Domain Name System (DNS) and Amazon Route 53

 Domain Name Servers(DNS)are the Internet’s equivalent of a phone book.They maintain a directory of domain names and translate them to Internet Protocol(IP)addresses.

 This is necessary because,although domain names are easy for people to remember, computers or machines,access websites based on IP addresses.

 When you type in a web address,e.g.,phani.website,your Internet Service Provider views the DNS associated with the domain name,translates it into a machine friendly IP address (202.153.xx.xx)and directs your Internet connection to the correct website.

 Amazon Route 53 is an authoritative DNS system. An authoritative DNS system provides an update mechanism that developers use to manage their public DNS names.

 It answers DNS queries,translating domain names into IP addresses so that computer scan communicate with each other.

Top-Level Domains (TLD s)

A Top-Level Domain(TLD)is the most general part of the domain.The TLD is the farthest portion to the right(as separated by a dot).Common TLD sare.com,.net,.org,.gov,.edu,and.io.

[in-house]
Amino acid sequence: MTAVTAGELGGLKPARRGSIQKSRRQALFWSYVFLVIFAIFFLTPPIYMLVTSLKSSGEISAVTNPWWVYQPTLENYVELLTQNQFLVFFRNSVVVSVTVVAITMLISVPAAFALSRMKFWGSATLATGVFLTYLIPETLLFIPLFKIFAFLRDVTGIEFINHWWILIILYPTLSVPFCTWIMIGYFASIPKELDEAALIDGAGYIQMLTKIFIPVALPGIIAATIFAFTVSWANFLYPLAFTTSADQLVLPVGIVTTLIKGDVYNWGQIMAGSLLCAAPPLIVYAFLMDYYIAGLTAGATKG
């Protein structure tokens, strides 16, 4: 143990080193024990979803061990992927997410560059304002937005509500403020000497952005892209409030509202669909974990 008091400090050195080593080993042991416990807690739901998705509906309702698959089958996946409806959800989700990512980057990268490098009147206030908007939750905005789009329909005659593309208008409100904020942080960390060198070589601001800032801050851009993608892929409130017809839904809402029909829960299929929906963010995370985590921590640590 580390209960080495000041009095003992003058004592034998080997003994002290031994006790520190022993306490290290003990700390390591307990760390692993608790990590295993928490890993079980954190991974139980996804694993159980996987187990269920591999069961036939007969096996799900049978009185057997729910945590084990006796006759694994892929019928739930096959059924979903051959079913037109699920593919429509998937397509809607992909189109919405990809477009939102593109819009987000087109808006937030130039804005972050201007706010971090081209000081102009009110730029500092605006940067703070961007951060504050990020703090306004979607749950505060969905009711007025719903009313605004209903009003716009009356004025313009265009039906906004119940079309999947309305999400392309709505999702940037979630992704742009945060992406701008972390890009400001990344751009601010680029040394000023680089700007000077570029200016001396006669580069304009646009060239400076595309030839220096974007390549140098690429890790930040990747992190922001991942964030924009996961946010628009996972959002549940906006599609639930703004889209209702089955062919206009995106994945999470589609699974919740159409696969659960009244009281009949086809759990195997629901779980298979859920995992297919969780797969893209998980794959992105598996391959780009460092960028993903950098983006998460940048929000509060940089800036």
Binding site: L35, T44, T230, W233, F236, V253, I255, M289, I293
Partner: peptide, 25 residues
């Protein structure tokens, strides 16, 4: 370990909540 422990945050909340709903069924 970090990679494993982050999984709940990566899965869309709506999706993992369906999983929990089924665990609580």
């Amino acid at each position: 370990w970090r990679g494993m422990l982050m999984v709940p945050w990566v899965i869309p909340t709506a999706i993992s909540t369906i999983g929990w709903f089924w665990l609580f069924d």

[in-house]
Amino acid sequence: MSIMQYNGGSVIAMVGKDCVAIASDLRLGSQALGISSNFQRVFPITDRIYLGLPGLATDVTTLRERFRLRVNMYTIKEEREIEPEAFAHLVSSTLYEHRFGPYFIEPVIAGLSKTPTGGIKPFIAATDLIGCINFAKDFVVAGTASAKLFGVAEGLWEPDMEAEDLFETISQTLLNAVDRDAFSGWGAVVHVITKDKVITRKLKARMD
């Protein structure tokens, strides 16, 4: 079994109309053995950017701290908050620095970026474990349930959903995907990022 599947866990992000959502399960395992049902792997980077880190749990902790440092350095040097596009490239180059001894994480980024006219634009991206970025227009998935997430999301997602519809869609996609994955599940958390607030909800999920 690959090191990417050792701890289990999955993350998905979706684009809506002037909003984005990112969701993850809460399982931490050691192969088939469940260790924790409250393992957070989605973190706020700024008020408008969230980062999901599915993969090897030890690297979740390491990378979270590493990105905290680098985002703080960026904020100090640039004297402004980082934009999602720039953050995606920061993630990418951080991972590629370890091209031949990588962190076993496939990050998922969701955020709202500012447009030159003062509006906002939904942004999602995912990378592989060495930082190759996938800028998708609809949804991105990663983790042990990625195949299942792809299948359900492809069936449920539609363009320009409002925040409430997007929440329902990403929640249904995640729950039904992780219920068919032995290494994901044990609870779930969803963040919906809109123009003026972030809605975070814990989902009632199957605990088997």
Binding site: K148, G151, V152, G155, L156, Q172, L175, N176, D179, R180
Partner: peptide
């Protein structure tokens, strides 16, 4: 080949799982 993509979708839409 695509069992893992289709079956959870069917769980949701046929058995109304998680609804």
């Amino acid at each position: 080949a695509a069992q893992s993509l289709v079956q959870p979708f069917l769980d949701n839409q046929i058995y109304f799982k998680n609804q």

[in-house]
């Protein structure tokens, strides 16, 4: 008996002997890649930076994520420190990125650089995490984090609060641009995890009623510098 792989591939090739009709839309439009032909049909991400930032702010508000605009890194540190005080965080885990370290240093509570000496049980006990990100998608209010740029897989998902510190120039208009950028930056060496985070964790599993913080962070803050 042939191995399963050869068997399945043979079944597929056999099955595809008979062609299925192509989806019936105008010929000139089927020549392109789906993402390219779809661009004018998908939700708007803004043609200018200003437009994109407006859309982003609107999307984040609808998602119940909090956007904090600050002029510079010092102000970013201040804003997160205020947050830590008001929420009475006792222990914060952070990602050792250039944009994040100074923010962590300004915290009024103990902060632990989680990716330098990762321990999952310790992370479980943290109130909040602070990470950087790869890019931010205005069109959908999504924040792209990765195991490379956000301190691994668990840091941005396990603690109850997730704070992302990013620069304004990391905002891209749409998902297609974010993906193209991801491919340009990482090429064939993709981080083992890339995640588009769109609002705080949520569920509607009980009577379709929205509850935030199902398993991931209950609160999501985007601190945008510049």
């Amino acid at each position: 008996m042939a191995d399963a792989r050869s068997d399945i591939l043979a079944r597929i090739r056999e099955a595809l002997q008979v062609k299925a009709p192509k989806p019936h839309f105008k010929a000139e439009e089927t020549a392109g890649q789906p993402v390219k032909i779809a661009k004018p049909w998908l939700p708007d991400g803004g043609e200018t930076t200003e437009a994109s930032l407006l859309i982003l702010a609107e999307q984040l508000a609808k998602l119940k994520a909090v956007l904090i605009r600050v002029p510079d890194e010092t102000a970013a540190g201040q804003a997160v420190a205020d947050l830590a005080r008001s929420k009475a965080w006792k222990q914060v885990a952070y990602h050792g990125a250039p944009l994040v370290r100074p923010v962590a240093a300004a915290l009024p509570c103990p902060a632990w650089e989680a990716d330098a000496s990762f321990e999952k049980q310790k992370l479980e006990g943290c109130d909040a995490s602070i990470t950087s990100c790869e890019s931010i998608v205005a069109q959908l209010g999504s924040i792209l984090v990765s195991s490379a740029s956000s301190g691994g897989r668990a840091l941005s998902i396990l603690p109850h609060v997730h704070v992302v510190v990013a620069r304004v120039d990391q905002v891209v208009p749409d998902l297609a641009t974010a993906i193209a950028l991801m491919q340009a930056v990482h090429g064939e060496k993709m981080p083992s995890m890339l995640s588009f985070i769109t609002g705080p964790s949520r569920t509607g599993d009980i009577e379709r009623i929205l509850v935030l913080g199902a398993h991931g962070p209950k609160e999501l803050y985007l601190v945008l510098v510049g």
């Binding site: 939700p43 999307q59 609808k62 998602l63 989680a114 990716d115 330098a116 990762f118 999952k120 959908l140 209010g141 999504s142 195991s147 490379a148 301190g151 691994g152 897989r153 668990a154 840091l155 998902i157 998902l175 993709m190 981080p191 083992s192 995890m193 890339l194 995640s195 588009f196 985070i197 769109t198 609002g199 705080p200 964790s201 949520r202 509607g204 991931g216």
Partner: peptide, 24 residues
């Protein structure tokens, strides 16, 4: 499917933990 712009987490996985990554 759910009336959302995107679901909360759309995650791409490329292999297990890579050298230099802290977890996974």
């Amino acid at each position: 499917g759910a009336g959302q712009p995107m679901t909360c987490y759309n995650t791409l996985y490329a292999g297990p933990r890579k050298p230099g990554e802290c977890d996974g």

The last word in a domain name represents the”top level domain”.

The second word in a domain name is known as a second level domain name.

 These top level domain names are controlled by the Internet Assigned Numbers Authority (IANA)in a root zone database which is essentially a database of all available top level domains.

 You can view this database by visiting http://www.iana.org/domains/root/db

 Each domain name becomes registered in a central database, known as the Who IS database.

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A domain name is the human-friendly name that we are used to associating with an Internet resource.

The URL aws.amazon.com is associated with the servers owned by AWS. The DNS allows users to reach the AWS servers when they type aws.amazon.com into their browsers.IP Addresses an IP address is a network addressable location.Each IP address must be unique within its network.For public websites,this network is the entire Internet.